HARRISBURG, PENNSYLVANIA — A paramedic survived a brutal knife attack thanks to his body armor, reports Pennsylvania Live. Paramedics arrived at the scene to help a 68-year-old man who had sustained injuries related to an assault. According to police, the assailant came into the room with a knife and threatened to kill the paramedics. Juanee D. Crawford then lunged at one of the paramedics, stabbing at his chest and slashing across his waist. Thankfully, the knife did not penetrate through the trauma plates loaded into his armored vest. The paramedic was able to fight off Crawford and she fled the scene.
She is wanted for attempted murder of the paramedic and domestic assault against the 68-year-old victim.
We discussed on the forums whether paramedics should consider carrying a concealed firearm. Many of our readers who are first responders have even chimed in telling us about how they carry a concealed handgun with them to their calls.
It’s already come up in other discussions that firemen and other first responders are put at serious risk when they arrive to an emergency call. Police don’t always have a chance to secure a scene before they go in.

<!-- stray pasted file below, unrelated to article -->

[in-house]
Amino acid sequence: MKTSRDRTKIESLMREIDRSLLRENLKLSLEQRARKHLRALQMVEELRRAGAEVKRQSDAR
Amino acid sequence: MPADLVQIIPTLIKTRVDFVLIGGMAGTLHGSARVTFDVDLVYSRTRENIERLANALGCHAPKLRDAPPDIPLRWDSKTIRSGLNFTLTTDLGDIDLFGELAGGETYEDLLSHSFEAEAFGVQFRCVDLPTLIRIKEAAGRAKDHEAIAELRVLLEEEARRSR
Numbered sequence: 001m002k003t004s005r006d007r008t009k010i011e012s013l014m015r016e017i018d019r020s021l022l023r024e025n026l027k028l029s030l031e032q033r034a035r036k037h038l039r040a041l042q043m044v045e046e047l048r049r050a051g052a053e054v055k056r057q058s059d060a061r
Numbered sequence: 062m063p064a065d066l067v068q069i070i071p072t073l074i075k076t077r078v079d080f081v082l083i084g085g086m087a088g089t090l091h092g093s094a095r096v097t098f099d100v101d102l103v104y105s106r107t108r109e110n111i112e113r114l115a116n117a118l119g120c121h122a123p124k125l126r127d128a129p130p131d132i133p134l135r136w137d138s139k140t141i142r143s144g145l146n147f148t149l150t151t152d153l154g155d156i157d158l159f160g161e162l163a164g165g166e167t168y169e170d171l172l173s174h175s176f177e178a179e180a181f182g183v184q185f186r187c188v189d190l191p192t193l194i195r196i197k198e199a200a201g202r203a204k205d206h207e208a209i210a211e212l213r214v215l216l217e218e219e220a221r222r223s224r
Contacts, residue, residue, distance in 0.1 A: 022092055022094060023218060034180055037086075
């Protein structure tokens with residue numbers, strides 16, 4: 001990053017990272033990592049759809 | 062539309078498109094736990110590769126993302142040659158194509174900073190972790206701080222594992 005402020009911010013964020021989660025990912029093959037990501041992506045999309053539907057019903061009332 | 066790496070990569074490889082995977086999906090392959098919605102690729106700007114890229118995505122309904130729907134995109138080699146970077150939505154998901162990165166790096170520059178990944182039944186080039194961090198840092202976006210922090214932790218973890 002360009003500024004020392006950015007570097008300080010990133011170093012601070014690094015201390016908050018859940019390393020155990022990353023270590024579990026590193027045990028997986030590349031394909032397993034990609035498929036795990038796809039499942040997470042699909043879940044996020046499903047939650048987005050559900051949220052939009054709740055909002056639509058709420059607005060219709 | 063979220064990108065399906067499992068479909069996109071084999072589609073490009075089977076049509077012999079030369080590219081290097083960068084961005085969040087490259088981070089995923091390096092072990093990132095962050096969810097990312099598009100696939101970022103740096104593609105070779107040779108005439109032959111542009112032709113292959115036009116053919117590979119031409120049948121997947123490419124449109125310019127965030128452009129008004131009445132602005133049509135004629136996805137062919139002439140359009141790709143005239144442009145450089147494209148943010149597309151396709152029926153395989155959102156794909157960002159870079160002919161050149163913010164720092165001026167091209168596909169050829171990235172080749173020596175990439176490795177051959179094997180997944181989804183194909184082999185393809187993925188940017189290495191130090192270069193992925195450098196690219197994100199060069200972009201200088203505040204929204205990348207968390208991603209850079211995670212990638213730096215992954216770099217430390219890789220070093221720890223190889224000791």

As such, they’re placed into harms way to try to protect and save lives. And it’s just a grim reality that body armor loaded with trauma plates just happens to be doing the trick.
The real question is: should concealed carriers be next?
Body armor, especially the kind rated NIJ III-A meant to sustain against most pistol calibers and some rifles, definitely affects daily carry practices. It’s also something that’s difficult to fully conceal.
There are lighter body armors, rated at II to II-A, which are rated to protect against many common pistol rounds such as 9mm FMJ and .40 S&W. These tend to be easier to wear and conceal — meaning they’re probably easier to integrate into a daily carry routine.
Is it worth it?
Have you incorporated body armor into your daily carry routine? If so, tell us about your experience in the comments section below.